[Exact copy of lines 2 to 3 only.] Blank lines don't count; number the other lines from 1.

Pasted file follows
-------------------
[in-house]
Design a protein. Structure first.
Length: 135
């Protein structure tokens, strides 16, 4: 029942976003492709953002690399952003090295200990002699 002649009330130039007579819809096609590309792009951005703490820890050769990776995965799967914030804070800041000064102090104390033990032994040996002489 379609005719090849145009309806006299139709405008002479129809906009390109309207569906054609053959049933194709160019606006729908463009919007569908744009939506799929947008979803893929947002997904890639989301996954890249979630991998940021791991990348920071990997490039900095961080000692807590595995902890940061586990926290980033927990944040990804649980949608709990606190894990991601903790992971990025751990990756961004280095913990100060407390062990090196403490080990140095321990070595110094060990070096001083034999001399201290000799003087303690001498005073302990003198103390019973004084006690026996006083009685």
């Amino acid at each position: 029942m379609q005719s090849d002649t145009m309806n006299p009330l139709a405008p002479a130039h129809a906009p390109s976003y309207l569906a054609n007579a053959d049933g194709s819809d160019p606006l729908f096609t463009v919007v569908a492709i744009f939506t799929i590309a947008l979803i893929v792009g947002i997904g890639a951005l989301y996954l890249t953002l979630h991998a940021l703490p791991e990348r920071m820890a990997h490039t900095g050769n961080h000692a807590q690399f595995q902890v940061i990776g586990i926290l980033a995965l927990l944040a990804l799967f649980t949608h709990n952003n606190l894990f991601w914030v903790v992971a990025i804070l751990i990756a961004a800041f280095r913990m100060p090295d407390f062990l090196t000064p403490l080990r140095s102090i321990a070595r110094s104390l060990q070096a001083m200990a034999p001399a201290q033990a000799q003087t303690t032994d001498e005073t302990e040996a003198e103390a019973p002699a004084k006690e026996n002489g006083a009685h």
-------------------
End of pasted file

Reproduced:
Design a protein. Structure first.
Length: 135